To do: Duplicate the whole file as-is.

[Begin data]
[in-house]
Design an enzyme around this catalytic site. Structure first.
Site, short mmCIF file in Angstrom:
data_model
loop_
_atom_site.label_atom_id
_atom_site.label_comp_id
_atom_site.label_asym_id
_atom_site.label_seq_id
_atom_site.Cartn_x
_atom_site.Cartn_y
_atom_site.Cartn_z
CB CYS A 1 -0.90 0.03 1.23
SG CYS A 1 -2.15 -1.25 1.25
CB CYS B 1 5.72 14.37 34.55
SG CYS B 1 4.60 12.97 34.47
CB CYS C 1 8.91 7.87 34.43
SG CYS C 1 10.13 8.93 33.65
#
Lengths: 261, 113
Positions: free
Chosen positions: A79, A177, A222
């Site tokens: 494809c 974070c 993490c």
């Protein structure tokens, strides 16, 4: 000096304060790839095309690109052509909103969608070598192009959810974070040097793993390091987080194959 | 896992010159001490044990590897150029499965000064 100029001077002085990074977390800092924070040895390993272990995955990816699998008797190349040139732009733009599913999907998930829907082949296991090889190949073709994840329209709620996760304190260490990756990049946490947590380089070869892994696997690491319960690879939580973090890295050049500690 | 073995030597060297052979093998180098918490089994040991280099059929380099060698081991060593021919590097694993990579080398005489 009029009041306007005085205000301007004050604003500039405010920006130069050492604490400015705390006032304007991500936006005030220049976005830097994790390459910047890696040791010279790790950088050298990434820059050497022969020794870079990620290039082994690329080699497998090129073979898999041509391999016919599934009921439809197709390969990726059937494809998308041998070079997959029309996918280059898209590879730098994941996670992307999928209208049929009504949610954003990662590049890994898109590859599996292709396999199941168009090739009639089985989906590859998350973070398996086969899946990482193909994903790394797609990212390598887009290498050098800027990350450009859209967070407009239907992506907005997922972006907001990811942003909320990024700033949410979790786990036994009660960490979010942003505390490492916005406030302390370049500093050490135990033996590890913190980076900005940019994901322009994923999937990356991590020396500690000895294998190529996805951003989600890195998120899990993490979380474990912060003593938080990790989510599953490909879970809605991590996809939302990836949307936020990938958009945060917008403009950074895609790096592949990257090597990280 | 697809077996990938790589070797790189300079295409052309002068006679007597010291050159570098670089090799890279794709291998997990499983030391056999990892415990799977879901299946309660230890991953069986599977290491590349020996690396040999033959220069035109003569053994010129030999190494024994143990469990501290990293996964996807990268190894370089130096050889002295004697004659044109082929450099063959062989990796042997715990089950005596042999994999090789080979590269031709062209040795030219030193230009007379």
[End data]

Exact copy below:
[in-house]
Design an enzyme around this catalytic site. Structure first.
Site, short mmCIF file in Angstrom:
data_model
loop_
_atom_site.label_atom_id
_atom_site.label_comp_id
_atom_site.label_asym_id
_atom_site.label_seq_id
_atom_site.Cartn_x
_atom_site.Cartn_y
_atom_site.Cartn_z
CB CYS A 1 -0.90 0.03 1.23
SG CYS A 1 -2.15 -1.25 1.25
CB CYS B 1 5.72 14.37 34.55
SG CYS B 1 4.60 12.97 34.47
CB CYS C 1 8.91 7.87 34.43
SG CYS C 1 10.13 8.93 33.65
#
Lengths: 261, 113
Positions: free
Chosen positions: A79, A177, A222
């Site tokens: 494809c 974070c 993490c």
């Protein structure tokens, strides 16, 4: 000096304060790839095309690109052509909103969608070598192009959810974070040097793993390091987080194959 | 896992010159001490044990590897150029499965000064 100029001077002085990074977390800092924070040895390993272990995955990816699998008797190349040139732009733009599913999907998930829907082949296991090889190949073709994840329209709620996760304190260490990756990049946490947590380089070869892994696997690491319960690879939580973090890295050049500690 | 073995030597060297052979093998180098918490089994040991280099059929380099060698081991060593021919590097694993990579080398005489 009029009041306007005085205000301007004050604003500039405010920006130069050492604490400015705390006032304007991500936006005030220049976005830097994790390459910047890696040791010279790790950088050298990434820059050497022969020794870079990620290039082994690329080699497998090129073979898999041509391999016919599934009921439809197709390969990726059937494809998308041998070079997959029309996918280059898209590879730098994941996670992307999928209208049929009504949610954003990662590049890994898109590859599996292709396999199941168009090739009639089985989906590859998350973070398996086969899946990482193909994903790394797609990212390598887009290498050098800027990350450009859209967070407009239907992506907005997922972006907001990811942003909320990024700033949410979790786990036994009660960490979010942003505390490492916005406030302390370049500093050490135990033996590890913190980076900005940019994901322009994923999937990356991590020396500690000895294998190529996805951003989600890195998120899990993490979380474990912060003593938080990790989510599953490909879970809605991590996809939302990836949307936020990938958009945060917008403009950074895609790096592949990257090597990280 | 697809077996990938790589070797790189300079295409052309002068006679007597010291050159570098670089090799890279794709291998997990499983030391056999990892415990799977879901299946309660230890991953069986599977290491590349020996690396040999033959220069035109003569053994010129030999190494024994143990469990501290990293996964996807990268190894370089130096050889002295004697004659044109082929450099063959062989990796042997715990089950005596042999994999090789080979590269031709062209040795030219030193230009007379």